The university was formally opened in a historic ceremony on April 1, 1925, in what is now the Rothberg Amphitheater, in the presence of leaders of the Jewish community, as well as representatives from world Jewry and from universities around the world. Among the speakers were Lord Balfour, Sir Herbert Samuel, Dr. Chaim Weizmann, Chief Rabbi Avraham Yitzhak Hacohen Kook and Haim Nahman Bialik.
Building the university
These were days of the beginnings. The classes were small and students few in number. Classes were conducted in the late afternoons so that students who were working could come. Many of them worked as laborers in the construction of the campus. In the early days, the university's character was molded by the chancellor, Dr. Yehuda Leib Magnes. In order to establish itself as the country's leading scientific institution, the university sought outstanding academic figures in the world, who would be willing to work under pioneering circumstances. Students, too, were sought locally and abroad. For them, the university was not only a place to learn but also a place to attain a Zionist foothold.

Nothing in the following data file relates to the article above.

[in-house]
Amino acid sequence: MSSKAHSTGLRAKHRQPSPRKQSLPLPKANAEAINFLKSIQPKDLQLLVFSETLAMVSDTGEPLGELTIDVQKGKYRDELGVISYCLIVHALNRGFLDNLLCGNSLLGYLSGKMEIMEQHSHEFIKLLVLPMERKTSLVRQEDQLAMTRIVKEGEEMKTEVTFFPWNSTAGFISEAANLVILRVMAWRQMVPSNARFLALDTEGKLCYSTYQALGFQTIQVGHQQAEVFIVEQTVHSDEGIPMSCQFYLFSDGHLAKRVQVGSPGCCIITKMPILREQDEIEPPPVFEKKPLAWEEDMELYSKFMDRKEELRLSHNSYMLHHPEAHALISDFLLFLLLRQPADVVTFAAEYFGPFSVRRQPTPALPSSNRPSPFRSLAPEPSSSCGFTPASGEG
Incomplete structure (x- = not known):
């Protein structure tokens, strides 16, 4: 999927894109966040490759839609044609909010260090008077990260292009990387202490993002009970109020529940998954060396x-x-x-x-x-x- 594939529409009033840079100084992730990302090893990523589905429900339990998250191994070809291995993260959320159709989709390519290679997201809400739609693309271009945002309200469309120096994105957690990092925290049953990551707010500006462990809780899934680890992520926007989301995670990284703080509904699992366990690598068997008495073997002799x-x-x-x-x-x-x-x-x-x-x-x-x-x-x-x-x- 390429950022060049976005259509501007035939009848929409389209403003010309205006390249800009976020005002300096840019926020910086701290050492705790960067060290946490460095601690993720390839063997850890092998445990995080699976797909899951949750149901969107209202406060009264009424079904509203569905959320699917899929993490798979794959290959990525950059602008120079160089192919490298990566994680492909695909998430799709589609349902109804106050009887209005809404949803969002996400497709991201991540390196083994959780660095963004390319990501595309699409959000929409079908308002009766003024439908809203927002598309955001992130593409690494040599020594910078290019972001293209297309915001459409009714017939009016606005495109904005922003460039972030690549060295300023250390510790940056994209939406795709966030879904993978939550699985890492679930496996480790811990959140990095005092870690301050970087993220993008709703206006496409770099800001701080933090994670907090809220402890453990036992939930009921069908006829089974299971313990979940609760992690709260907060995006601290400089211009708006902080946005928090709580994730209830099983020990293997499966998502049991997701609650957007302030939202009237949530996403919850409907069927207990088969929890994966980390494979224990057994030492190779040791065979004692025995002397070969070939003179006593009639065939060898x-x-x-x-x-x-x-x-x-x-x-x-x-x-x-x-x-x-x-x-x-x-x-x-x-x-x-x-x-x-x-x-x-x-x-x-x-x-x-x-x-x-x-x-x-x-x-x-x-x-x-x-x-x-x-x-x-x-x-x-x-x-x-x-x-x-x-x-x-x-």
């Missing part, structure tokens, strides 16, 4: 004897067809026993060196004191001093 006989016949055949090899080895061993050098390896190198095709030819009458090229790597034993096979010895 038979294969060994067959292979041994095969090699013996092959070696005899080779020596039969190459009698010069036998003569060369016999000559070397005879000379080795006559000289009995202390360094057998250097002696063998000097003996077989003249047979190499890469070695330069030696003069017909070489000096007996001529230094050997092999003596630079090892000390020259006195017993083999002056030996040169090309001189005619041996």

In 1928, the Institute of Mathematics began to function..
Also in 1928, a decision was made to establish a Faculty of Humanities.
In 1930, the National and University Library was dedicated in the David Wolfson Building.
In 1932, planting was begun in the botanical gardens adjoining the Second Temple period burial caves on the campus.
That same year, the first master's degrees of the university were awarded to 13 students.
The War Years
During the 1930s, the university began to flourish. New departments were added, the university took in researchers from Germany and Italy, and many young European Jews were assisted in obtaining certificates from the British authorities to come to study in the land of Israel.
In 1934, the cornerstone was laid for a university-affiliated hospital on Mt. Scopus, to be built by the Hadassah, the Women's Zionist Organization of America.
In 1935, the Faculty of Science was opened.